Canadian scientists are at the heart of a breakthrough in wheat genetics. It could revolutionize how wheat helps to feed a growing global population.
Andrew Sharpe and Curtis Pozniak from U of S are co-authors of a paper that lays out the first complete map of the complex genome of wheat used for bread.
Mapping the genome is expected to reduce the time it takes to develop new disease resistant strains of wheat by one third.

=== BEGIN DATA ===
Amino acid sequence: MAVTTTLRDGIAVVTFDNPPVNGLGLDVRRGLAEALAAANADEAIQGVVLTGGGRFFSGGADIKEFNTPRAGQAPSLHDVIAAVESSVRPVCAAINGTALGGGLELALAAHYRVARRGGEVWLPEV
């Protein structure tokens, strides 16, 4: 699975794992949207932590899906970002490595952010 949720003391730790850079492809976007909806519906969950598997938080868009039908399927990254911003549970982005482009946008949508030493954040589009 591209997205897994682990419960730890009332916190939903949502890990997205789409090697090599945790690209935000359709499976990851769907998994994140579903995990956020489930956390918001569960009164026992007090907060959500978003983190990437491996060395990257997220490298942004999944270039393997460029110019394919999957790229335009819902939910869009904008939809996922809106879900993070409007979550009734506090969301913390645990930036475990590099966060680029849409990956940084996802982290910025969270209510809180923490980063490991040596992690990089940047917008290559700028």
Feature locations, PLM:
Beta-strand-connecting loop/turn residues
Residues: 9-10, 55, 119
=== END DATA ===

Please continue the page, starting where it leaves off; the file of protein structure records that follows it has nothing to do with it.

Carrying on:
Understanding which genes are active at which time will allow breeders to predict how a new variety will perform in the field... even before the seed is in the ground.
That will help breeders develop wheat that does well in drought, saline soil, high humidity, or other inhospitable climates.
Wheat is the largest single food source on Earth.
Scott Moe was on a combine recently in Kyle, SK.
Megz Reynolds farms 6 miles straight West of Kyle and a couple miles South of the hamlet White Bear. She invited federal and provincial politicians to take a drive in her combine.
So far Scott Moe has gone for a ride, and federal Ag Minister Lawrence Macauly has been in touch.
We took a Meal out to their farm in September of 2016.